Some people do benefit from very high dose oral as they can get enough B12 through passive absorption but it is a long way from working for everyone - I take something like 8mg = 8000mcg daily and can sort of manage on that - but it works best if it is started at a point when levels are high - ie just after an injection - as it isn't going to be an effective way of raising levels and your levels at the moment are quite low. Take a look at the tablets you have been prescribed - if they are 50mcg tablets then they will be useless (unless you are taking more or less a whole bottle in one go - and even then there is no guarantee passive absorption will work for you).

I suggest that you start by pointing your GP to the BCSH advice and the page on the PAS website making the following points

- the advice highlights that recurrence of neurological symptoms should be cause for concern and review

- you are starting to experience recurrence of neurological symptoms, meaning that the issue is an urgent one.

- that treatment for life hasn't changed, your problem is an absorption problem and that is treated, not cured, by injections

- if your tablets are 50mcg then point out that the guidance refers to much higher doses than this being needed for treatment of an absorption problem. - ie 1000mcg daily.

Cherylclaire profile image
CherylclaireForum Support

My level was 196 ng/L in early 2016 - luckily for me, the range was 197 - 771 ng/L.

Ranges seem to differ wildly between laboratories, which is one reason why asking for printouts is a good idea always.

Because I now self inject frequently, I have no idea what my levels currently are, but my GP decided not to bother having serum B12 checked again after getting two results above measurable level (over 2,000 ng/L) as there is no point. I am assuming it is still there or thereabouts. But that's just me.

Pernicious anaemia does not go away and cannot be cured. So if you've had it, you've got it.

Your level of 187 could be ng/L or pmol/L (two different units of measurement). I don't know which it is or when you last had an injection .

Neither of these matter - you can't access enough B12 from the tablets and are deteriorating because of this. Your symptoms have returned. Proof enough (if proof was needed) that you need your injections reinstated.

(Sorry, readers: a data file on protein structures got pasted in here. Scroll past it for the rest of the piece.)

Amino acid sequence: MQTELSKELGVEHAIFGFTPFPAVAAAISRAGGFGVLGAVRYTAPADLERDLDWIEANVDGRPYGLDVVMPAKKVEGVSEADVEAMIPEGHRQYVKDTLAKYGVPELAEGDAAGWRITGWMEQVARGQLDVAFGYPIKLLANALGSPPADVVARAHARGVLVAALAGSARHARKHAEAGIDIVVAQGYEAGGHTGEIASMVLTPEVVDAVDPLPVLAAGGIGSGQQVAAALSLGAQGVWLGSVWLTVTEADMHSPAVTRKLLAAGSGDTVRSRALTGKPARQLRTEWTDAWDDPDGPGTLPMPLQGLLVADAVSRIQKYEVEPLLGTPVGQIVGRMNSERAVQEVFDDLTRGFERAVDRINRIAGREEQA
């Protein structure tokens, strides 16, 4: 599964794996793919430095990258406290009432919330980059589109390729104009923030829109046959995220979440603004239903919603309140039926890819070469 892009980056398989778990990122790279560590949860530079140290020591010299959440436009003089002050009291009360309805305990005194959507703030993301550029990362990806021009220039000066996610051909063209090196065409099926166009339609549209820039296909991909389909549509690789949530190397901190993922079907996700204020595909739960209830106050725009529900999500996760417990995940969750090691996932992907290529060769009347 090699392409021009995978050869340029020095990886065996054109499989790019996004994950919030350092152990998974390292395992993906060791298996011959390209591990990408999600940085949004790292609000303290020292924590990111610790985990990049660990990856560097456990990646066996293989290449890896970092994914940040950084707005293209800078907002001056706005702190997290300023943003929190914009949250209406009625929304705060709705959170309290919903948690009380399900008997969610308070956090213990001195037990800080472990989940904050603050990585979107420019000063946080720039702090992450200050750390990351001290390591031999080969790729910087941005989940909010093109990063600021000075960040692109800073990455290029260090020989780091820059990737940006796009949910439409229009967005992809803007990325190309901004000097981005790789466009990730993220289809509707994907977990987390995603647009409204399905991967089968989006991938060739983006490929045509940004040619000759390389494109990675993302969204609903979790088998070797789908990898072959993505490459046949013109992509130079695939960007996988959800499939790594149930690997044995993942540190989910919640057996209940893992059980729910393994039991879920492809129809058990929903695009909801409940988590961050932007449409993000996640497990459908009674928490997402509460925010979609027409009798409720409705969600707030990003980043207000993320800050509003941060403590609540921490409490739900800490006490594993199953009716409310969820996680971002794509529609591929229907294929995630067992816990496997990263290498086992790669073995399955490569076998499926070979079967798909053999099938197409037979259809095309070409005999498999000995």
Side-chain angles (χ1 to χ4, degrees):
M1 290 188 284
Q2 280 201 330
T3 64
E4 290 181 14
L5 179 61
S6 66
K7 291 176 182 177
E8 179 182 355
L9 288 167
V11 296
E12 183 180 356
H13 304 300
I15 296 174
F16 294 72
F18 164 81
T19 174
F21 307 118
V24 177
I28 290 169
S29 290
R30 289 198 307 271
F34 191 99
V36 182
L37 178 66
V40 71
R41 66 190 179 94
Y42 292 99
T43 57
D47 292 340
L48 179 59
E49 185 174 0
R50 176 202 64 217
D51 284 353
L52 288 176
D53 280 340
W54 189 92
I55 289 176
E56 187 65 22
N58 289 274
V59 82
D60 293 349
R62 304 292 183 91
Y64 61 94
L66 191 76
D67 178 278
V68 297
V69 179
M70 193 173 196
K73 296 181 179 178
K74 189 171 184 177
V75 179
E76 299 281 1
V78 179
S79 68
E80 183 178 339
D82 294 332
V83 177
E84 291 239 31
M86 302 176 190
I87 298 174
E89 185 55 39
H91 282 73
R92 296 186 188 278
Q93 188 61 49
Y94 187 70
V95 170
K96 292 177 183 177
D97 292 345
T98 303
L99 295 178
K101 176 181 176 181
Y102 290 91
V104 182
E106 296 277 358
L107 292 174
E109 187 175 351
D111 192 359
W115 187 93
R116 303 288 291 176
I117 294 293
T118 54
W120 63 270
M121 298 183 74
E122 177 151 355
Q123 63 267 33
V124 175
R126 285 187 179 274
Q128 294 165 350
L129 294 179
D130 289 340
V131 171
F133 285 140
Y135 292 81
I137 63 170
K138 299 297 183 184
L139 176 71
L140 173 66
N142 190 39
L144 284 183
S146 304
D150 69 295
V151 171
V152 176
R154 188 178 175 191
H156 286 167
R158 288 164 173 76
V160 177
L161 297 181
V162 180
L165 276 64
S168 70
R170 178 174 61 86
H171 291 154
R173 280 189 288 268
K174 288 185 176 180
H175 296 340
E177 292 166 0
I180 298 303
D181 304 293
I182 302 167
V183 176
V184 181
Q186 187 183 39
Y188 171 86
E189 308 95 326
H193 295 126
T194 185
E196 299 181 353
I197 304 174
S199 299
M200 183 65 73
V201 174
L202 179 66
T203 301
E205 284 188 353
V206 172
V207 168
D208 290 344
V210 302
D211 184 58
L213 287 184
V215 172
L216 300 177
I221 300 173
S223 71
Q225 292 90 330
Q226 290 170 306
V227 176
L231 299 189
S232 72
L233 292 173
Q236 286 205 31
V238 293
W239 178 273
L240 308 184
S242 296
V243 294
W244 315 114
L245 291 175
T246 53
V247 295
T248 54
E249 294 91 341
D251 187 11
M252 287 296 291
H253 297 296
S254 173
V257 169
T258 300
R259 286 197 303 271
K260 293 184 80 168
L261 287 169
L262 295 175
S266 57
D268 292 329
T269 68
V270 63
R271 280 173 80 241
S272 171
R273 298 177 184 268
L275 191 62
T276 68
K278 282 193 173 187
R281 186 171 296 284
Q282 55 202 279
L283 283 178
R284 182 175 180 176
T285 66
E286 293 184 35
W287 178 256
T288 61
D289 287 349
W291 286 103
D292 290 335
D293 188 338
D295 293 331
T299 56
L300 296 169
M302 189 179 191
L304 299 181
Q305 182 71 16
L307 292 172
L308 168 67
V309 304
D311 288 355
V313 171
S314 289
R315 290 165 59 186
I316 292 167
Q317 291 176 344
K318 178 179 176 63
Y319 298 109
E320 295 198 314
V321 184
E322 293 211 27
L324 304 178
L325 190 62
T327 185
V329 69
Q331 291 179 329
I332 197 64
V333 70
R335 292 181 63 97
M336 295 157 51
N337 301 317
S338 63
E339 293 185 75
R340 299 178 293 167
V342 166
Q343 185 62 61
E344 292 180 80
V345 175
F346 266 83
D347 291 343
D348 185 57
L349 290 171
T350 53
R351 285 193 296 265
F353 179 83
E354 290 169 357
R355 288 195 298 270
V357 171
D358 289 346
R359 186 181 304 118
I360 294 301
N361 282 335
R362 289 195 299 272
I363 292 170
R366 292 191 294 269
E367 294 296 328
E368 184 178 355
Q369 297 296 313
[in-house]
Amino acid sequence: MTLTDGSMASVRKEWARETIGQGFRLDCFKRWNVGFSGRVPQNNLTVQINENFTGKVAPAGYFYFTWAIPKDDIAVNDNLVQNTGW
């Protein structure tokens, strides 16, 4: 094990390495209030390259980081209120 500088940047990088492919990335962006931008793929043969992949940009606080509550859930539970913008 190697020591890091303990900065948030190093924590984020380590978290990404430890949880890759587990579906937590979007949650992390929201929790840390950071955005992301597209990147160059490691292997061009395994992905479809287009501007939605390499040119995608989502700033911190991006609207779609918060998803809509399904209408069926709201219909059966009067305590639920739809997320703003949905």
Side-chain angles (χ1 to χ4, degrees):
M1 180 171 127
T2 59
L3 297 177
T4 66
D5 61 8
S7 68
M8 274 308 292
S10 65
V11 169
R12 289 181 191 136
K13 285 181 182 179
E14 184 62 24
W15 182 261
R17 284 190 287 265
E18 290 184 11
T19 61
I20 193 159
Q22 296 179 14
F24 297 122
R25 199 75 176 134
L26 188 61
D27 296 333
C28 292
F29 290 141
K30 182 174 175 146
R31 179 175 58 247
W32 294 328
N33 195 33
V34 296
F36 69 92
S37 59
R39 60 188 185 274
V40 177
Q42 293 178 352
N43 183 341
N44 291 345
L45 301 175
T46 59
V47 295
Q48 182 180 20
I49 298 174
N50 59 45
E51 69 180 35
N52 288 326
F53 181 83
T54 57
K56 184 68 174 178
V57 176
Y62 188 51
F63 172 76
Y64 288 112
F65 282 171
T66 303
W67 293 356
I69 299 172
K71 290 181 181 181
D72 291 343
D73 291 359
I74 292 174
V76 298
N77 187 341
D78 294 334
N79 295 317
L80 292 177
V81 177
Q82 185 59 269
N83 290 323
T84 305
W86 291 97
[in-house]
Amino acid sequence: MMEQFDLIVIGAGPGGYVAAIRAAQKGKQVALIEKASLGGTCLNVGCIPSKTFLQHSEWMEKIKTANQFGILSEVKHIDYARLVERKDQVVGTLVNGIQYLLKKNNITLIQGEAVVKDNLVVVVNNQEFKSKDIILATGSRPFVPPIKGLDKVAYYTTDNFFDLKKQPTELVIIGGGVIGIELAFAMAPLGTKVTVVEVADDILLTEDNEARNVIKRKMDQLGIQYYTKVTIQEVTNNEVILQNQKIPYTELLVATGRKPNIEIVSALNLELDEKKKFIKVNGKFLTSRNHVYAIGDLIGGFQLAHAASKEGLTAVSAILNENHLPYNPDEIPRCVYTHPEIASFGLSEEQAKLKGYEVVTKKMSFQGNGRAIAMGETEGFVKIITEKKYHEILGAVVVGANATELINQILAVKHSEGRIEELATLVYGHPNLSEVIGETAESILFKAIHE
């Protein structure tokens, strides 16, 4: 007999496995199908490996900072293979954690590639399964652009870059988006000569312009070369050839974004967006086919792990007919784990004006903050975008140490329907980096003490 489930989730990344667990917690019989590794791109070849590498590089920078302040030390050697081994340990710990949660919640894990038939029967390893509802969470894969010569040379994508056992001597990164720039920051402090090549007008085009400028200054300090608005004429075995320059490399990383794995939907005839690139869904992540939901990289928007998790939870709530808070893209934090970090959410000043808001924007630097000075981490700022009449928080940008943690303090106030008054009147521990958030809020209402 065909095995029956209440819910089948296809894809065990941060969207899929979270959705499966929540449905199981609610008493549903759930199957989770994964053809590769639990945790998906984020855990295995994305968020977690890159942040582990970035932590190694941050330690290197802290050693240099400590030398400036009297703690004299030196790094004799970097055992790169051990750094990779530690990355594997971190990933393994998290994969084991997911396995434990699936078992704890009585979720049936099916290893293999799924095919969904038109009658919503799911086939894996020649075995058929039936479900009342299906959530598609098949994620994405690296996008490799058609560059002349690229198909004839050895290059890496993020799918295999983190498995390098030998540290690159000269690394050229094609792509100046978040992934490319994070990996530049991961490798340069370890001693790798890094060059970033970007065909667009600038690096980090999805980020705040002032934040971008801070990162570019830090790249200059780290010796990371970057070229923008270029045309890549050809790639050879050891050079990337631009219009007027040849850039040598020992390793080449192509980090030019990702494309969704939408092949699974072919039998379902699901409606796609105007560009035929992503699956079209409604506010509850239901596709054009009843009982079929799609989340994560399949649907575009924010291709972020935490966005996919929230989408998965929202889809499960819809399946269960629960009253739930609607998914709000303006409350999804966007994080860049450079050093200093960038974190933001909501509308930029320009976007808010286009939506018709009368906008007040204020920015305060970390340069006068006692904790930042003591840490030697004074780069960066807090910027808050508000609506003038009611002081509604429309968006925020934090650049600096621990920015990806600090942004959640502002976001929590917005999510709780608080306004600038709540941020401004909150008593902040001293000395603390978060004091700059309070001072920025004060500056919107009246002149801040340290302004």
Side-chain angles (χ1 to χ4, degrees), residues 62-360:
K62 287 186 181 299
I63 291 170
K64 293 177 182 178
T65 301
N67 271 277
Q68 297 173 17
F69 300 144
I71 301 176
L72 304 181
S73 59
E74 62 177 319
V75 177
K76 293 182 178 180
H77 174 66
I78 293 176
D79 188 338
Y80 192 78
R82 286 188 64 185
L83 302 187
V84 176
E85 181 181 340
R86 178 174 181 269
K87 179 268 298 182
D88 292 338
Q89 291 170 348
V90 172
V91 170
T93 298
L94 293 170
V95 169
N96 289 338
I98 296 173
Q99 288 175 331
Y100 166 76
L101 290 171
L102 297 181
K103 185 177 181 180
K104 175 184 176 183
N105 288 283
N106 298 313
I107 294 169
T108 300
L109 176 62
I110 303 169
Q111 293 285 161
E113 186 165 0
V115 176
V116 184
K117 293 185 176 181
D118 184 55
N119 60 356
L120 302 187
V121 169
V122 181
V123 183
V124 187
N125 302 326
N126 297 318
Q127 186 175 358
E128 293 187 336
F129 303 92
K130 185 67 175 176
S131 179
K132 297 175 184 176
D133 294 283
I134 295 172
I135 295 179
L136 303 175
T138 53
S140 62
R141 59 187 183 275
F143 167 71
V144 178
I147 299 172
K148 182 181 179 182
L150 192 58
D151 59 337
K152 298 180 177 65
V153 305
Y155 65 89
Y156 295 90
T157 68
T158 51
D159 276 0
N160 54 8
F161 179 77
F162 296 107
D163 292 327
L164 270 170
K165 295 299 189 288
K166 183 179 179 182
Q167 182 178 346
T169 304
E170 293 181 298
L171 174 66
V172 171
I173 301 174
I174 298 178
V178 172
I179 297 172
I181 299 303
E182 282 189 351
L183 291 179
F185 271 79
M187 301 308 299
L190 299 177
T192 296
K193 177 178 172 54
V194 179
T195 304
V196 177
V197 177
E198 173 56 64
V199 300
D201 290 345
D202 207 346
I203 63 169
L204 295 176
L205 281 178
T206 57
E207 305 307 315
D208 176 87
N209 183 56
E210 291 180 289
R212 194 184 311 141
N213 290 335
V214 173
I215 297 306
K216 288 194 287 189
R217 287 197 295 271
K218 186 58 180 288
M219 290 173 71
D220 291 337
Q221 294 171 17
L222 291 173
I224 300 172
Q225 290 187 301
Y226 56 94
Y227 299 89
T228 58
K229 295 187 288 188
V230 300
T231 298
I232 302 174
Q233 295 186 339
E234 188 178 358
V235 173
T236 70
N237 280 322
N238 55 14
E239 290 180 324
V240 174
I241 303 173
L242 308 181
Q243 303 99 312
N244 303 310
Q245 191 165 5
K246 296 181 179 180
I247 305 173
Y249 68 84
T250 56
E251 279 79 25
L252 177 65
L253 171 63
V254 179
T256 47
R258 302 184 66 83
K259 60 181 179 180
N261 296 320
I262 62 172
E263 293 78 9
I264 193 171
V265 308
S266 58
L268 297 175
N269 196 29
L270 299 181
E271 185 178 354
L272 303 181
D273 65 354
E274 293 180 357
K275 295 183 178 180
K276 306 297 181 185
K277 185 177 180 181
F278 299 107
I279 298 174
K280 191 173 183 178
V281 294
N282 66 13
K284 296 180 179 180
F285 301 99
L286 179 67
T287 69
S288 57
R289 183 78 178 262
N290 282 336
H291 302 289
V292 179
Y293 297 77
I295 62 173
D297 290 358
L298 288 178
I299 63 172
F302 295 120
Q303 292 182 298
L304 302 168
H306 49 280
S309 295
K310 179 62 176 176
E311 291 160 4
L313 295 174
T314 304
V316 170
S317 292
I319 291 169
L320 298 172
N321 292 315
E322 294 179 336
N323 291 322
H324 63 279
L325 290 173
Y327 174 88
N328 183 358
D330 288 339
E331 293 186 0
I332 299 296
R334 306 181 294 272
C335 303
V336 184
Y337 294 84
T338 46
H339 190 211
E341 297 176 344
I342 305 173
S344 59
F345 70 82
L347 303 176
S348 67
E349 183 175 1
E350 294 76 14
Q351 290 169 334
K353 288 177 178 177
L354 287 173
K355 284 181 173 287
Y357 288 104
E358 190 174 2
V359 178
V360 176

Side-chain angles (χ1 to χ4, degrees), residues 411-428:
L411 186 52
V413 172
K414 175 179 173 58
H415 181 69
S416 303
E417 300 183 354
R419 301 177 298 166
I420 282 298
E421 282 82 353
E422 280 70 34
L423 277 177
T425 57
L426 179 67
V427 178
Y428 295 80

The proper level of B12 needed in your body ? The level at which you don't get symptoms !

Different for everyone. If you were doing well before, when getting injections every 3 months, you can be again. Don't leave this though, and don't accept "no" for an answer. You may even need reloading injections to boost your levels again, if they drop too far.

Quite a few people here have had their injections reinstated because they told their GPs that their symptoms had returned. I would suggest joining the Pernicious Anaemia Society if this does not get you anywhere.

Hi Vic - I’m having the same problem. I got told I would be on B12 - for life . Then in lockdown they said my B12 to high I said that doesn’t make a difference. A guy on here gave me a fantastic link really interesting. That studies show that even if your B12 is normal or high it makes no difference you still need your B12 . I will try and find the link

nniicc profile image
nniicc in reply to Airtime2020

very interesting my wife was diagnosed with PA 30 years ago she has had 3 month injections since then

however these were stopped about 18months ago by her then GP - cant say she had had any great symptoms but then she has another health problem - Hypersensitivity Pneumonitis that could create some similar - also note that it can take between 2-4 years for things to deteriorate

she aslo has underactive thyroid

all these 3 are imuno related

would be good to see the info you refer to

Sleepybunny profile image
Sleepybunny in reply to nniicc

Hi nniicc,

So sorry to read that your wife has been without treatment for 18 months.

PA treatment is for life and should not be stopped.

Strongly recommend you or your wife think about joining PAS if not already a member.

PAS (Pernicious Anaemia Society)


Should be some useful info you can use in my other reply on this thread.

Untreated or under treated B12 deficiency, whether caused by PA or other condition, can lead to both neurological and neuropsychiatric deterioration.

Neurological Consequences of B12 Deficiency

PAS news item


I suggest you post your story as a new thread on the forum as you should get plenty of replies with support and info. Scroll up page and click on blue box with pencil icon.

After talking to the 6th GP and explaining all the new guidelines form PAS and telling them all my side effects I've had and no taking no for an answer.

I've received a call tonight they have told me I need to go back onto B12 injections, well of course I need to. So happy but still slightly worried due to having the pins and needles so will see how they go.

But please please don't give up! Join PAS it will be the best thing you will do, since joining and coming on here the advice from everyone and you are all so helpful.

I know I one of the lucky ones right now, but you need to get onto your GP, write a letter to your local MP I did as well. Get enough pressure on them to do something about this. I had to educate my GP as they had no idea but they do now. Please don't give up!!